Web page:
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How to recognize a Phishing email message

Phishing is the practice of sending fraudulent email messages supposedly from a legitimate company or organization in order to trick someone into giving out personal and confidential information. This information could include a user ID, password, credit card number or even a Social Security number. At its most basic level, Phishing is a form of identity theft. It is one of the fastest growing cyber crimes, and there are estimates that 1 in 20 people who receive a Phishing email will respond to it with their personal information. Since the criminals who send out these Phishing messages are good at what they do, it’s important to be able to recognize a Phishing email so you won’t respond to their request and become a victim of identity theft. Here are a few signs that the message you have received might just be a Phishing expedition.

• The email message is generic. Phishing emails are sent out in bulk to thousands of people, so you’ll see a generic greeting like ‘Dear Valued Customer’ and not directly addressed to you by name. • The message gives a false sense of urgency. Phishing emails are developed and designed specifically to push the recipient to immediate action. If there is no compelling reason to respond to the message, you won’t.

But if there is a fear of some kind of consequence for not providing the requested information you might just be motivated to act quickly. This fear, urgency or even panic created by a Phishing email begins right with the subject line. Here are a few examples from actual Phishing messages: ‘Online Alert: Online Account is Blocked’ ’Fraud Report’ ’Credit Card Declined Notice’ ’Unauthorized Account Access’ The text of the message builds upon the initial sense of urgency. A message may state that your account will be closed within 24 hours if you don t verify your information. Sometimes the messages state that there has been suspicious activity on your bank account, or your credit card has been charged by an undesirable web site. The criminals who send out Phishing emails have taken their scam to a new level. Now people are getting Phishing messages that offer a reward for responding to the message. The newest Phishing scam is a message that states you ve won a gift card somewhere (JC Penney, Circuit City and The Sports Authority have been recent ones), and you need to click the link in the email to provide the information where the gift can be sent. Other Phishing emails offer free enrollment in a fraud protection program by clicking the link and providing the requested information. • The message states specifically “this is not a scam”.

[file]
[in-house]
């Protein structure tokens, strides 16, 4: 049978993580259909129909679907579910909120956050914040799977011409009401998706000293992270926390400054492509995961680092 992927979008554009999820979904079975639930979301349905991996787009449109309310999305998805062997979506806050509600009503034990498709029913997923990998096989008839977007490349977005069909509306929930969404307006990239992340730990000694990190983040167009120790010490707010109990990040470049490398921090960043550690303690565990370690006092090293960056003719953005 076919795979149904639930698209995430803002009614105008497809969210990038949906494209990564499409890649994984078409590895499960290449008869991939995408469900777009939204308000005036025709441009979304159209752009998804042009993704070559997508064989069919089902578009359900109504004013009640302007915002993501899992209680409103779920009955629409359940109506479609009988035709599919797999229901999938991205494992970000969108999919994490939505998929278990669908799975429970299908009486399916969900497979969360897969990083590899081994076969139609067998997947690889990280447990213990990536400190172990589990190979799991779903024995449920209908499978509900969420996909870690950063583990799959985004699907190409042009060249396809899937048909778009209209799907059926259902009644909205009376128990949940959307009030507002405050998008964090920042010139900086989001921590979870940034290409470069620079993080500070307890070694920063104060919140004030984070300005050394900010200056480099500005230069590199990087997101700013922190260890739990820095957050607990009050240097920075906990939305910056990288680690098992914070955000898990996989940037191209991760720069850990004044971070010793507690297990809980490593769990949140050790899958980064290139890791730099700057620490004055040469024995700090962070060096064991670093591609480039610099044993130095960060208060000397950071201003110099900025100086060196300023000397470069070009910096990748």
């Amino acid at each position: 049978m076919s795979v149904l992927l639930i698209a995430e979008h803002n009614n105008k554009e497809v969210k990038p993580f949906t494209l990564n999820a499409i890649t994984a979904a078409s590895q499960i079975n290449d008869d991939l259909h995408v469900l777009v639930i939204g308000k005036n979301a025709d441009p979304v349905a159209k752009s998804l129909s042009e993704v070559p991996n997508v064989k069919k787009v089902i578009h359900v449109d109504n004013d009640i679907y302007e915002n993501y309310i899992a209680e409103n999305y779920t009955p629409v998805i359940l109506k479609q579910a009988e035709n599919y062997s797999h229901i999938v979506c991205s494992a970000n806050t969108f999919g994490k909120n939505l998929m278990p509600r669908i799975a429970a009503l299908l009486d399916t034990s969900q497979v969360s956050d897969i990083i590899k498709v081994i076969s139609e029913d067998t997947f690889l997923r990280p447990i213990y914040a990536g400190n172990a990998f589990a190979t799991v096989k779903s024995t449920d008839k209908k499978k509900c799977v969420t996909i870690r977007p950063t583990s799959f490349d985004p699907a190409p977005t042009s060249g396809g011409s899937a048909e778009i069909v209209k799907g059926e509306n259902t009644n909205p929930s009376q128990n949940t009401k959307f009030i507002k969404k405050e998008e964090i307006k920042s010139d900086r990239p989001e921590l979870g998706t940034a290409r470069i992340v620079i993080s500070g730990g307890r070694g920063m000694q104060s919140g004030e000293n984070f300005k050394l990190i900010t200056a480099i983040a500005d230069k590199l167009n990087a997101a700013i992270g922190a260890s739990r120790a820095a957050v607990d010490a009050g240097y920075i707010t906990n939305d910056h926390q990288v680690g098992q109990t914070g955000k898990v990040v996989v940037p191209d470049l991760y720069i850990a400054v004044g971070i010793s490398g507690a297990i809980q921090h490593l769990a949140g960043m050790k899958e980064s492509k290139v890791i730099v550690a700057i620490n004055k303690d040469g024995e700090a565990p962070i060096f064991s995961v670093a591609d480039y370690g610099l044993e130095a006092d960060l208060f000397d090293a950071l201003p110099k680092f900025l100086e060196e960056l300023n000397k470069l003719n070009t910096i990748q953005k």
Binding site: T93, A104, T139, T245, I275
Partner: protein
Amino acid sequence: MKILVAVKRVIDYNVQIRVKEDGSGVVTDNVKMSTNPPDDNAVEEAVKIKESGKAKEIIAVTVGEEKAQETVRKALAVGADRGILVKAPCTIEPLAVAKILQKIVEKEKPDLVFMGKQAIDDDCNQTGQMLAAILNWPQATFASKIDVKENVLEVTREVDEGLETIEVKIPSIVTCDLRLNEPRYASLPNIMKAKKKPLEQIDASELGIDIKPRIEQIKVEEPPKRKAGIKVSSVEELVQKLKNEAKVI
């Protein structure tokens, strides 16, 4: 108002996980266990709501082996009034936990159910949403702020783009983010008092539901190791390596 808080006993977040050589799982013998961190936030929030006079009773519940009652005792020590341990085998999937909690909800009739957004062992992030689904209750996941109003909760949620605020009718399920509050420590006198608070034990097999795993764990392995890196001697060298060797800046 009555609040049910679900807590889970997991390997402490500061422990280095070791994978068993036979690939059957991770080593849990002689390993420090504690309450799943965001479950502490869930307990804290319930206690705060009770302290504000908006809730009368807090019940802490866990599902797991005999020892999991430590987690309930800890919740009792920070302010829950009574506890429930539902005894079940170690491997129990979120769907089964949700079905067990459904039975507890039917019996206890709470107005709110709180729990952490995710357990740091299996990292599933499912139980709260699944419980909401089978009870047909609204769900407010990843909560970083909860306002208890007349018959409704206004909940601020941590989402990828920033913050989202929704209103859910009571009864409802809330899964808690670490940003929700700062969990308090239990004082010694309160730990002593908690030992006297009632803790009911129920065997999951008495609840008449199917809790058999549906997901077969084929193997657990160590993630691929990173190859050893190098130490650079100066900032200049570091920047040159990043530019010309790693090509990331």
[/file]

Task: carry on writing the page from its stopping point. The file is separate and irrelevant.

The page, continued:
How does that saying go if it looks like a duck and quacks like a duck, it probably is a duck. Legitimate messages don’t need to state the obvious. • A request is made to verify your information, and a link provided for you to do so. Phishing emails will use some tactic in order to trick the recipient into providing confidential information. This request is often tied in with the false sense of urgency created in the message. The link will take you to a very authentic looking site and ask you to fill in certain personal information. If you recognize you’ve made a mistake and you try to go back to a Phishing web site you probably won’t find it. The average lifespan of a Phishing web site in December 2004 was 6 days. The link that is included in the email message for you to click and provide information might look legitimate, but it isn’t. Often the criminals will create a web site that has almost the same name as the original web site.

They might add the word “verify” or use some other word along with the company name. You should never click a hyperlink in an email, especially if you don’t know who sent it to you. Knowledge can be power when it comes to protecting yourself from identity theft and Phishing scams. Be aware of the tricks a criminal might do to steal your information, and don’t fall prey to them.


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